When a visual communicating means is used, it is also desirable to maximize the visibility of the communicating means to the fullest extent practicable. For example, the visual communicating means should be visible from a plurality of directions that define a viewing angle. Typically, a viewing angle of at least 180° may be employed. A viewing angle of 360° allows the communicating means to be seen by an individual to the front, back and all sides of an animal associated with the communicating means.

Visibility of a communicating means may be enhanced by its placement. Typically, a visual communicating means will occupy an exterior surface of the inventive device. To enhance visibility of the communicating means, it may occupy a plurality of exterior surfaces of the device. Adequate visibility may be achieved when the visual means occupies a surface area that represents at least 25% or 50% of all visible surfaces of the device.

Generally, but not necessarily, the communicating means is physically associated with an item of apparel. In some instances, the communicating means is an integral part of the item of apparel. For example, the communicating means may be printed on, sewn to, or woven into the item of apparel. In such a case, the item of apparel may be sized appropriately to ensure that the communicating means has an adequate effective distance.

In addition or in the alternative, the communicating means and the item of apparel may be attached to each other. Accordingly, a mechanism may be provided for attaching the item of apparel with the communicating means and/or vice versa. Any of a number of mechanisms may be used. For example, the attaching mechanism may be selected from the group consisting of snaps, hook and loop connectors, buckles, friction fittings, zippers, elastic bands, and combinations thereof.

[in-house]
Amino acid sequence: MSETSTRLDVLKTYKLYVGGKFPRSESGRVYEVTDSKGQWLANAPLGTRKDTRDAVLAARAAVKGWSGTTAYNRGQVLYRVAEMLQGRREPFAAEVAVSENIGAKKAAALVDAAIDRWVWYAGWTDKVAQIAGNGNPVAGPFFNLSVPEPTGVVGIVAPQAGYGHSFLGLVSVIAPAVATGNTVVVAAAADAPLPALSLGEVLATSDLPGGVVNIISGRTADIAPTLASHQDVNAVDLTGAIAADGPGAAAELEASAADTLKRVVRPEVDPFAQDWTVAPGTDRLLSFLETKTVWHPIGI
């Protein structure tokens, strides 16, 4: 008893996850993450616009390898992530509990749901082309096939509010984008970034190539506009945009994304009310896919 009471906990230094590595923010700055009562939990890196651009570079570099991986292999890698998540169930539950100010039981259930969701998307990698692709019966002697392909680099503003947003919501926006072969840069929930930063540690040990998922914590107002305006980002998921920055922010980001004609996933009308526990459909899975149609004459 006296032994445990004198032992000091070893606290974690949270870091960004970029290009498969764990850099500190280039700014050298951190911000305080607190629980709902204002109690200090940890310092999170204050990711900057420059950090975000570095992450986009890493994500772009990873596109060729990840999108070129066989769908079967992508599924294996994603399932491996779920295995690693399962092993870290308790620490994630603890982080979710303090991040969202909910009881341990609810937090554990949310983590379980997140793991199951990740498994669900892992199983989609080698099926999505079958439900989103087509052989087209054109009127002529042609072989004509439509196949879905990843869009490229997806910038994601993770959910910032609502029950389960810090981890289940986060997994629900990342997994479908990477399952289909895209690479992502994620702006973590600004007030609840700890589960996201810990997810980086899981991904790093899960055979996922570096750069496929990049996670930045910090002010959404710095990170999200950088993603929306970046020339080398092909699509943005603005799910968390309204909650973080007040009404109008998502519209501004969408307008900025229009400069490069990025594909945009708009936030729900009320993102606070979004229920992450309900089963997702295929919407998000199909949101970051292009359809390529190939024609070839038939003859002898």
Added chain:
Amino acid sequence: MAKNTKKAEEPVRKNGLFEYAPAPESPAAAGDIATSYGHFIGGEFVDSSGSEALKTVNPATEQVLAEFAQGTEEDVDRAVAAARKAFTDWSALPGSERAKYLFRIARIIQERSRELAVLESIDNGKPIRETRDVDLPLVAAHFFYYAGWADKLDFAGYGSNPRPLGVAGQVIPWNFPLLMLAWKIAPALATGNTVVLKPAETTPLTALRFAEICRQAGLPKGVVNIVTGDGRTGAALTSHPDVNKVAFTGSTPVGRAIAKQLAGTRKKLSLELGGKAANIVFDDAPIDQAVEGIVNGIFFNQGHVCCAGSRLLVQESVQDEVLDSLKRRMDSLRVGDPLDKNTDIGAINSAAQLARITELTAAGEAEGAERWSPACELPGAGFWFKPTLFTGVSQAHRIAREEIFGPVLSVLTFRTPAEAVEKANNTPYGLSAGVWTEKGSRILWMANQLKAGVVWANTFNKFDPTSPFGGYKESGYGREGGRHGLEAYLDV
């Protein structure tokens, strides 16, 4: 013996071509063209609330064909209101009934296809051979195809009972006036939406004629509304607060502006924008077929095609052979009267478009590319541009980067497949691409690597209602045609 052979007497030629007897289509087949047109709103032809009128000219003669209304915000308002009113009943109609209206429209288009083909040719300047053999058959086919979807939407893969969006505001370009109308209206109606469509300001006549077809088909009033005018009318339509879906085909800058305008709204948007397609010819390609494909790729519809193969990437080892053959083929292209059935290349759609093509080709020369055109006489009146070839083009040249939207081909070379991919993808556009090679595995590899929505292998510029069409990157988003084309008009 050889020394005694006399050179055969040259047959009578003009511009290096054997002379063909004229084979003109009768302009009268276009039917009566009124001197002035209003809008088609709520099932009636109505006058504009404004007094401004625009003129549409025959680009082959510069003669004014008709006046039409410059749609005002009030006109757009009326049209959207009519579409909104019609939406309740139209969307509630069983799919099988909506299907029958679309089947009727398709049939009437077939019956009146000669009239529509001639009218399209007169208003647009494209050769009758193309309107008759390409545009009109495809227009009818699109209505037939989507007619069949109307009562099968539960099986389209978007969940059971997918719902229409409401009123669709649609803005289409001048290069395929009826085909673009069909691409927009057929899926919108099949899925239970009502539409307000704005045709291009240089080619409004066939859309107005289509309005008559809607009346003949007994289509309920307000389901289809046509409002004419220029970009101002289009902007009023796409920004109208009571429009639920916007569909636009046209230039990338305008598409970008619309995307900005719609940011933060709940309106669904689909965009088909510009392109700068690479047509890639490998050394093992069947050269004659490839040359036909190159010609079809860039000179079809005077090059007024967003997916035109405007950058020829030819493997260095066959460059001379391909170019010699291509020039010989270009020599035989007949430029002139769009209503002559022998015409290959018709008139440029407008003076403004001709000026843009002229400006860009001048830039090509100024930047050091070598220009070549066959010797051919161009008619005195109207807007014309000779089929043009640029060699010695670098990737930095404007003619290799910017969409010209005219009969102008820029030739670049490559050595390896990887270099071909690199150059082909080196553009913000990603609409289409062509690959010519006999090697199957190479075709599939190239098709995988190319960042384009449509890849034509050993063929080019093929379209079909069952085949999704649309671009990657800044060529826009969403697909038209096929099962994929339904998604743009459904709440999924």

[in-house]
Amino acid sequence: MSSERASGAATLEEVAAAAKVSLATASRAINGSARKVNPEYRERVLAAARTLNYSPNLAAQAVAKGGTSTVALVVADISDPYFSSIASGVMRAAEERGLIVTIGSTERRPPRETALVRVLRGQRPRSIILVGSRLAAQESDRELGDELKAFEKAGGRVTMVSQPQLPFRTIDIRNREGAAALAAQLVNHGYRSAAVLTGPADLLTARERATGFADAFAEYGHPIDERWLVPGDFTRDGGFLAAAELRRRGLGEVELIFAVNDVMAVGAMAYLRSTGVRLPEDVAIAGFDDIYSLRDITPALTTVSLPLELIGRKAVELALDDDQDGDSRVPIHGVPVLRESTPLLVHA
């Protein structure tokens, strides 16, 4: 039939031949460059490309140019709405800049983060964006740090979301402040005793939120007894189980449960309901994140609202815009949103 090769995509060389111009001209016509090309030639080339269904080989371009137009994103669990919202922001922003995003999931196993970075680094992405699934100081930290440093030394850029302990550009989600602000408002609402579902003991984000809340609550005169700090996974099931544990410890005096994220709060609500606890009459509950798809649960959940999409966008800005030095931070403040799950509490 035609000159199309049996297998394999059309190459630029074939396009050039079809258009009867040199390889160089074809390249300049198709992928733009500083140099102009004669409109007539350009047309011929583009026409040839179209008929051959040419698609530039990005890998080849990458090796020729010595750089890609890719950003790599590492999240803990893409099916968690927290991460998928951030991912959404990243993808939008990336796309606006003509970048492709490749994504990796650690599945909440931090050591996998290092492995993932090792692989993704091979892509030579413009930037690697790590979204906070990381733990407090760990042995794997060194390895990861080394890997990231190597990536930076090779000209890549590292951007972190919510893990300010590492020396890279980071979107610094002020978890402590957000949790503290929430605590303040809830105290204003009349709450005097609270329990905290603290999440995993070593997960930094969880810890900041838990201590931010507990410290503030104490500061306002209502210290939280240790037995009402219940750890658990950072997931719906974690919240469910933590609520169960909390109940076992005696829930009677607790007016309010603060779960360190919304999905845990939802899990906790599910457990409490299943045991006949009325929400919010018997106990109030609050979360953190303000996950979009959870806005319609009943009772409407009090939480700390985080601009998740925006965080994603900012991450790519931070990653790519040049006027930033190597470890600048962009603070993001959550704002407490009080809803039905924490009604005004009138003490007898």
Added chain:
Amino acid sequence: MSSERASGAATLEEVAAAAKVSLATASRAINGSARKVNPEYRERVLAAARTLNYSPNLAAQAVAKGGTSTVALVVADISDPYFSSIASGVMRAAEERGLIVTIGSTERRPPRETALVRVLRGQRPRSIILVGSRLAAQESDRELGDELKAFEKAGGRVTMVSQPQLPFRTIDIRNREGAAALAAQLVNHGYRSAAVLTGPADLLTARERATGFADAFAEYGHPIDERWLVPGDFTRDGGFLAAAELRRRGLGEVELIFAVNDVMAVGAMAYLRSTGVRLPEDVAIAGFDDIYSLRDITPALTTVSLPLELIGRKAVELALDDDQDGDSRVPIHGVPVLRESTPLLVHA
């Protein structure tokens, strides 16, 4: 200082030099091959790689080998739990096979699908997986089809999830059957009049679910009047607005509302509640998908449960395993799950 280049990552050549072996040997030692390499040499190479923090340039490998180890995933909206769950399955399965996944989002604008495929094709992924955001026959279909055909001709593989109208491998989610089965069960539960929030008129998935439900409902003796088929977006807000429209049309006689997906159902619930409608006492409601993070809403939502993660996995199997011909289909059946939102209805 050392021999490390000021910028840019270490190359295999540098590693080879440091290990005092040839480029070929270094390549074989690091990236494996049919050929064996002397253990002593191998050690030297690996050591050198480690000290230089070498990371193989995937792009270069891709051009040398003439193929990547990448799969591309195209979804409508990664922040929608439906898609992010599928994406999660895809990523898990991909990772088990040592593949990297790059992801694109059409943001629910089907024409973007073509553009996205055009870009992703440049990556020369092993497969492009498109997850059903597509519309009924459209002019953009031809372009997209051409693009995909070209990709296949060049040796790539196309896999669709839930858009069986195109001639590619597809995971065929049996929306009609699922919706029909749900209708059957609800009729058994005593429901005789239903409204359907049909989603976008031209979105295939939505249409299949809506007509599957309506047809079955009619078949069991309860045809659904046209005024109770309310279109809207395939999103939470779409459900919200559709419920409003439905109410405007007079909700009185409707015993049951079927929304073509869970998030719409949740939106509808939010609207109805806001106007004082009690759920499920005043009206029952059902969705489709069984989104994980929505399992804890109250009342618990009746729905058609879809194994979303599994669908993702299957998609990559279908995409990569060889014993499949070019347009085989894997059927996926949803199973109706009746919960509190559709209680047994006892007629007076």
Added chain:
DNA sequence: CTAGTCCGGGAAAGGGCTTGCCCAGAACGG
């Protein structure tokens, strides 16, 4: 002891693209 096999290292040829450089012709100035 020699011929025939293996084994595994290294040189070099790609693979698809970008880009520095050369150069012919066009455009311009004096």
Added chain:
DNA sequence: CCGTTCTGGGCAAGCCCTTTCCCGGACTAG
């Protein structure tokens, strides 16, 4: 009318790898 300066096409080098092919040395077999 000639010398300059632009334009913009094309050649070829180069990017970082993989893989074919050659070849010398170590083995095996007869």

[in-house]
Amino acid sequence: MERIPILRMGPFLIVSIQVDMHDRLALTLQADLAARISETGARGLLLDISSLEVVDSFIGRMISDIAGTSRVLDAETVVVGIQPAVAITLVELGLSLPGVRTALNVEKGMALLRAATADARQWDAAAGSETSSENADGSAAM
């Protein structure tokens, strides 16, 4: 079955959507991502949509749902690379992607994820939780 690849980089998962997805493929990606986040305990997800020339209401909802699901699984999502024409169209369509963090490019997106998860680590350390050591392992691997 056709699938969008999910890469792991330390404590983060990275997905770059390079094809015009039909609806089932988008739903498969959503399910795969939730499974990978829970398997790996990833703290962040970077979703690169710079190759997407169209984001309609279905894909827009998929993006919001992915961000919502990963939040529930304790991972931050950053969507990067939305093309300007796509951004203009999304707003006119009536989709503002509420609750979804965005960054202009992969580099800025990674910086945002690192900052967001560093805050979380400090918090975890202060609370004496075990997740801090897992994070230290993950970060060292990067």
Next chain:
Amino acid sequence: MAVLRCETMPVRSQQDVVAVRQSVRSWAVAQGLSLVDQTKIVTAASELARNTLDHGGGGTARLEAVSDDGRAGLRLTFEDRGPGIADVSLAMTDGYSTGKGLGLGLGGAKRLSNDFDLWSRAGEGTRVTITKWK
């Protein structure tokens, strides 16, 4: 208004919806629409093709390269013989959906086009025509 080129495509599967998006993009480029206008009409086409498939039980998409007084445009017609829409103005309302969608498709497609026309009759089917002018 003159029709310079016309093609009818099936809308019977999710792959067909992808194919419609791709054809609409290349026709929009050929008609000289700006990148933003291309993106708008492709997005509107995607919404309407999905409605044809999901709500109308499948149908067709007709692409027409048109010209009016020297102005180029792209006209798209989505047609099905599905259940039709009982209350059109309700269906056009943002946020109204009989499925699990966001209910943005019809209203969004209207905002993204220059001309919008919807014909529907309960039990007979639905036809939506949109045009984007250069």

As discussed above, the invention is particularly suited for use by an owner of an animal such as a dog to ensure that the animal such that it does not harm bystanders. The term “owner,” as in “animal owner,” is used herein refers to a person who has an interest in or is responsible for control over the animal. The term includes agents and other entities authorized to control and/or care for the animal. As an animal owner generally has an interest in preventing the animal from causing harm, the invention may serve to inform those individuals unaware that their own actions, e.g., approaching the animal, may induce the animal to injure themselves.

Thus, in another embodiment, the invention involves a method for providing a warning. The method involves situating a nonhuman animal wearing the inventive device at a location where one or more individuals unfamiliar with the animal may approach the animal. For example, the location may be a public place where the owner may wish to walk the animal. Alternatively, the location may be situated on private property on which the owner may wish to bring the animal.